Harnessing the Nascent Proteome in the Plasmodium Liver Stages: New Approaches for Drug Discovery and Parasite Biology.




McLellan, James Lyle

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Plasmodium parasite resistance to antimalarial drugs poses a devastating threat to the millions of lives that depend on their efficacy every year. New antimalarial drugs and novel drug targets are in critical need, along with novel assays to accelerate their identification. Given the essentiality of protein synthesis throughout the complex parasite lifecycle, parasite specific translation inhibitors are a highly promising drug class, capable of targeting the disease-causing blood stage of infection, as well as the asymptomatic liver stage, a crucial target for infection prophylaxis. To identify compounds capable of inhibiting parasite translation, we developed an assay to visualize and quantify liver stage translation in the P. berghei-HepG2 infection model. After labeling infected monolayers with o-propargyl puromycin (OPP), a functionalized analog of puromycin permitting subsequent bio-orthogonal addition of a fluorophore to each OPP-terminated nascent polypeptide, we use automated confocal feedback microscopy (ACFM) and batch image segmentation and feature extraction to visualize and quantify the nascent proteome in individual P. berghei parasites and host HepG2 cells simultaneously. After assay validation, we demonstrate specific, concentration dependent liver stage translation inhibition by both parasite-selective and pan-eukaryotic active compounds, and further show that acute pre-treatment and competition modes of the OPP assay can distinguish between direct and indirect translation inhibitors. Striking compound-specific differences in translation inhibition efficacy were found, with the presumed eEF2 inhibitor and clinical candidate, DDD107498, the least effective translation inhibitor tested. To investigate the effects of translation inhibitors during early liver stage schizogony, when we detected peak levels of translational output, we quantified translation and growth inhibition after an acute, 4-hour treatment with 5 translation inhibitors with diverse properties. While we found the initial extent of growth inhibition to be well-correlated with that of translation inhibition, subsequent characterization of parasite translation, growth, and development through to merosome release demonstrated that, surprisingly, a compound's translation inhibition efficacy does not determine the extent of its antiplasmodial effect. We then utilized our assay to characterize the translational output of P. berghei parasites throughout liver stage development and adapted our computational workflow to additionally characterize the subcellular changes in nascent proteome localization we observed. Early schizonts show a marked accumulation of OPP-labeled polypeptides which appeared surrounded by DNA, but not overlapping it, a localization which disappeared later in schizogony concomitant with striking DNA shape changes in the parasite. After implementation of expansion microscopy, we demonstrate that this DNA-dim clearing which is filled with OPP-labeled polypeptides is inside the nucleus, and likely represents the liver stage parasite nucleolus, the site of eukaryotic ribosome biogenesis.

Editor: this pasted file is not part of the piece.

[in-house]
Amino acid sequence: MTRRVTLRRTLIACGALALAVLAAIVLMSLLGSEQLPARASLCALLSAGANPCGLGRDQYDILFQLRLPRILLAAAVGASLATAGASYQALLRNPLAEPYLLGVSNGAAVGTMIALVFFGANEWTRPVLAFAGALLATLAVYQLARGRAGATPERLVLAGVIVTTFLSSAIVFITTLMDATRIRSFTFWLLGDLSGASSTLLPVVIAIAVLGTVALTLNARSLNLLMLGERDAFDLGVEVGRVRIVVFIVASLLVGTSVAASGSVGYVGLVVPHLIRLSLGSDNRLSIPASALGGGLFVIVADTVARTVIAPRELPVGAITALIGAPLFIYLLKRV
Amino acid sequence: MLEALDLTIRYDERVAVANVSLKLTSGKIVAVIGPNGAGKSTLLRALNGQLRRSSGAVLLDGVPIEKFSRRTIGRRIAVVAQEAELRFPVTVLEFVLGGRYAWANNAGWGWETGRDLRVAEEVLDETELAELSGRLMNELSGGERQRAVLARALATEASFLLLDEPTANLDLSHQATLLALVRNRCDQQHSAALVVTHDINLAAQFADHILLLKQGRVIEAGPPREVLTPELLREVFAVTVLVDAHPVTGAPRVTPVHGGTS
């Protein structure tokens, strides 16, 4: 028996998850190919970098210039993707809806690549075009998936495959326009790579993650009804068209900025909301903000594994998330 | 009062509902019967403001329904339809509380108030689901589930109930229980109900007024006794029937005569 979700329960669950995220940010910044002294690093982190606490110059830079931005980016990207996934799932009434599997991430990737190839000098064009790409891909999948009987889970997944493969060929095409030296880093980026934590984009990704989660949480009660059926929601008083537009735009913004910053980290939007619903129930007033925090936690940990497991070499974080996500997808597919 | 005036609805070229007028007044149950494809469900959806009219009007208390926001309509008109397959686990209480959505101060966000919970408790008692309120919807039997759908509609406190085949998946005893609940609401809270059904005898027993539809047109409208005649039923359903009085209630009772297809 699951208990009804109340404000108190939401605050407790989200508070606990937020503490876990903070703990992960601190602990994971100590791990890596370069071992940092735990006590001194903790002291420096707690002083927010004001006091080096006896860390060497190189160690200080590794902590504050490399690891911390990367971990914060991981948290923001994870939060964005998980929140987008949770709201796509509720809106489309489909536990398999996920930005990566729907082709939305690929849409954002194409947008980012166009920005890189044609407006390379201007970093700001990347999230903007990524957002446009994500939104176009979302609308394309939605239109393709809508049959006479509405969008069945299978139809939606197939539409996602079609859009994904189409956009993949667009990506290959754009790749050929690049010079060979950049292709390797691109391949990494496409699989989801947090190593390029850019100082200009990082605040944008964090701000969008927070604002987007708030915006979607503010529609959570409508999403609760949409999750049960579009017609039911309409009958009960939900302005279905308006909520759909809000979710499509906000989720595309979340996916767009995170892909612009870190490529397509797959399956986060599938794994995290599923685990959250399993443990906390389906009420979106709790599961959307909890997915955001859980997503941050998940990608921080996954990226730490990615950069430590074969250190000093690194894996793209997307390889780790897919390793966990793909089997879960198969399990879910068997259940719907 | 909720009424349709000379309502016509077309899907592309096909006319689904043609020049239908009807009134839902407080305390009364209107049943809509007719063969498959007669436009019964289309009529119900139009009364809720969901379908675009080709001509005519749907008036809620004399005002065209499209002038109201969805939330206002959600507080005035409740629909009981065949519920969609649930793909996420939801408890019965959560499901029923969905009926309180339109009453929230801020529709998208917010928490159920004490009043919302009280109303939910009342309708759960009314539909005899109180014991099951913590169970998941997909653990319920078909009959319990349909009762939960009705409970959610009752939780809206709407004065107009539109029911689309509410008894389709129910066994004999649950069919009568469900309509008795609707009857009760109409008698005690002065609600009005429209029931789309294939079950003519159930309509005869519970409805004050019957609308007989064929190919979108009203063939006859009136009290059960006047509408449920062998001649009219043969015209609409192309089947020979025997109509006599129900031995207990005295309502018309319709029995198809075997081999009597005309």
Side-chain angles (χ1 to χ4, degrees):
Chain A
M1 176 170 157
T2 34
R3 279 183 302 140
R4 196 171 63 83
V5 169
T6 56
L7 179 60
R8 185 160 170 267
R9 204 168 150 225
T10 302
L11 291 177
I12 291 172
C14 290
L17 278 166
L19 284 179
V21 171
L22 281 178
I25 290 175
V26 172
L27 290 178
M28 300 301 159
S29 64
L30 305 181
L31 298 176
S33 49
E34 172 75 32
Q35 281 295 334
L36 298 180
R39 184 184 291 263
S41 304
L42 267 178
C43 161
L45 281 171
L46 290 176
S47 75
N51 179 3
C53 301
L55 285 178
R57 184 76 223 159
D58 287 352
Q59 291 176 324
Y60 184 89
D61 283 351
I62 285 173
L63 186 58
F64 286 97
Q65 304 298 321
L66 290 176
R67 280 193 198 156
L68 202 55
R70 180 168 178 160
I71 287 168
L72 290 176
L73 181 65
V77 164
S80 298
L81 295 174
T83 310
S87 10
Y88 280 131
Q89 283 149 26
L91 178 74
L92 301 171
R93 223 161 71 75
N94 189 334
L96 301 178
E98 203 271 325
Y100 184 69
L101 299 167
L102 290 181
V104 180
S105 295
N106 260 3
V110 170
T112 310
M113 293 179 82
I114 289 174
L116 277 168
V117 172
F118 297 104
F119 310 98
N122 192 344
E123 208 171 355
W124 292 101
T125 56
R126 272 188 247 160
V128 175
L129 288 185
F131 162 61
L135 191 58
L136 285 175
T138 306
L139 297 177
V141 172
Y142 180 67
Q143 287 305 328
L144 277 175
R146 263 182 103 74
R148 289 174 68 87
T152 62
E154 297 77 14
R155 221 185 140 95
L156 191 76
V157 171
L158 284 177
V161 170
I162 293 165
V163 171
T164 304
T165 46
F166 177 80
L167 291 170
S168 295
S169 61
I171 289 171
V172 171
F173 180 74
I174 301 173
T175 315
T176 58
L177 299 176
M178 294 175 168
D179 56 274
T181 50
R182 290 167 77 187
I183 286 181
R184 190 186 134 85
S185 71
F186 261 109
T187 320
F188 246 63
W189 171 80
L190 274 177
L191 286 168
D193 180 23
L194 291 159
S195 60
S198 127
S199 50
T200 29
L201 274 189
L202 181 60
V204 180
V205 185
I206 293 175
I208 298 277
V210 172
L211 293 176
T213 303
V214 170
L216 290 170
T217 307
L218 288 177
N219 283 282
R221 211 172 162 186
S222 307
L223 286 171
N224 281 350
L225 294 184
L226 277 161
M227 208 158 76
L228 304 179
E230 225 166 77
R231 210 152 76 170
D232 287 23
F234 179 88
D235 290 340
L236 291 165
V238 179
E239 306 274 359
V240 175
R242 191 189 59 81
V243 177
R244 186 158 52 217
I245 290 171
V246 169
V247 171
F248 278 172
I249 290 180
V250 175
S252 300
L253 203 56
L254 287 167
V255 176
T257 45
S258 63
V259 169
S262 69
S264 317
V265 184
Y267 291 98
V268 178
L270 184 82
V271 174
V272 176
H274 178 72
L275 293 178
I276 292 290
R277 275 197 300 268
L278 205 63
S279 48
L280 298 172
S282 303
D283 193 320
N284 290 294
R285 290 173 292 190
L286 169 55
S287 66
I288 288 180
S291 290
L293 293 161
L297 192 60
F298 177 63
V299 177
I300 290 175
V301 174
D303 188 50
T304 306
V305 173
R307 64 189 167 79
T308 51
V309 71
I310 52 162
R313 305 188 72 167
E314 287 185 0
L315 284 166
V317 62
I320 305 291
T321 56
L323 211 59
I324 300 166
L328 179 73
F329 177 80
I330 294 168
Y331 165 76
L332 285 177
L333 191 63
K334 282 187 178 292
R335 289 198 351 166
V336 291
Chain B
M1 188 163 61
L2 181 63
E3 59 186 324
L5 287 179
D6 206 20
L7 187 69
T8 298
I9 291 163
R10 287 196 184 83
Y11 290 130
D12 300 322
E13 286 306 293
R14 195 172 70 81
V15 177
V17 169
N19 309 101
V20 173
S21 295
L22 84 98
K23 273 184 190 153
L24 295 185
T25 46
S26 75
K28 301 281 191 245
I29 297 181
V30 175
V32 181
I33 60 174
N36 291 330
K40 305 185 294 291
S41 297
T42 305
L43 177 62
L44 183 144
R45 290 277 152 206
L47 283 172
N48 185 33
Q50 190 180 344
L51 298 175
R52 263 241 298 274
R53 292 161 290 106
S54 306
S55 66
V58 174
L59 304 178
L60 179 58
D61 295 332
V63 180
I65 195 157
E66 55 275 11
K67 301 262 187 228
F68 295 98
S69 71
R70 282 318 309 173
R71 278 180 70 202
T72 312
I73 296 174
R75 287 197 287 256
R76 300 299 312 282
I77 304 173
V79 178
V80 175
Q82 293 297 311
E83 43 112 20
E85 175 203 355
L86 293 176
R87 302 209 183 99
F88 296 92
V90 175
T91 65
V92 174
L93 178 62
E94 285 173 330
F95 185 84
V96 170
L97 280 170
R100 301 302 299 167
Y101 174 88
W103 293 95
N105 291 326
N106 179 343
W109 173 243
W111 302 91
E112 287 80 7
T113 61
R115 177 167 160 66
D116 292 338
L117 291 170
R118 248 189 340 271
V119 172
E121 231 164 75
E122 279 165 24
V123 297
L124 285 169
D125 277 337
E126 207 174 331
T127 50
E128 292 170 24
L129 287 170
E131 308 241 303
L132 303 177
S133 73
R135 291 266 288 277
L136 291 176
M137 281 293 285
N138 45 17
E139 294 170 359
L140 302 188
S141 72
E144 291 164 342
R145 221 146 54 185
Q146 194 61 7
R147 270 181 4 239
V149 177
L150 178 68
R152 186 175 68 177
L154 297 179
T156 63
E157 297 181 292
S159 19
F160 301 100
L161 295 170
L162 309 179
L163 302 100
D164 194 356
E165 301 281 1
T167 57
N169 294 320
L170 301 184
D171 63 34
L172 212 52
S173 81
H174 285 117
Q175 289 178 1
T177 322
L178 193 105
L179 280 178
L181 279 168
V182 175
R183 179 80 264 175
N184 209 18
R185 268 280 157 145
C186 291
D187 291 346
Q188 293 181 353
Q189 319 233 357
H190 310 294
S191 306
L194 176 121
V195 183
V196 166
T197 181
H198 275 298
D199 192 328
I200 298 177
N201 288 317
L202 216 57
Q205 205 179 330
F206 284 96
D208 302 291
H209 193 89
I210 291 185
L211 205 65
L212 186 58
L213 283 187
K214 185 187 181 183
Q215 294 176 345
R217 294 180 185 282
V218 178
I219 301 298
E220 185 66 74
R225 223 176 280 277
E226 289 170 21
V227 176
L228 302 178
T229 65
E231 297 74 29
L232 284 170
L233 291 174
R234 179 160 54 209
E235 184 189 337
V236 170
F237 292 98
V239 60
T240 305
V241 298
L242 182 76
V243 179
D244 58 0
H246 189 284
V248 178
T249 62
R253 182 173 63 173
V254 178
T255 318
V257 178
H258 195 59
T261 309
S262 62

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Drug Discovery, Plasmodium Liver stage, Quantitative Bioimaging



Molecular Microbiology and Immunology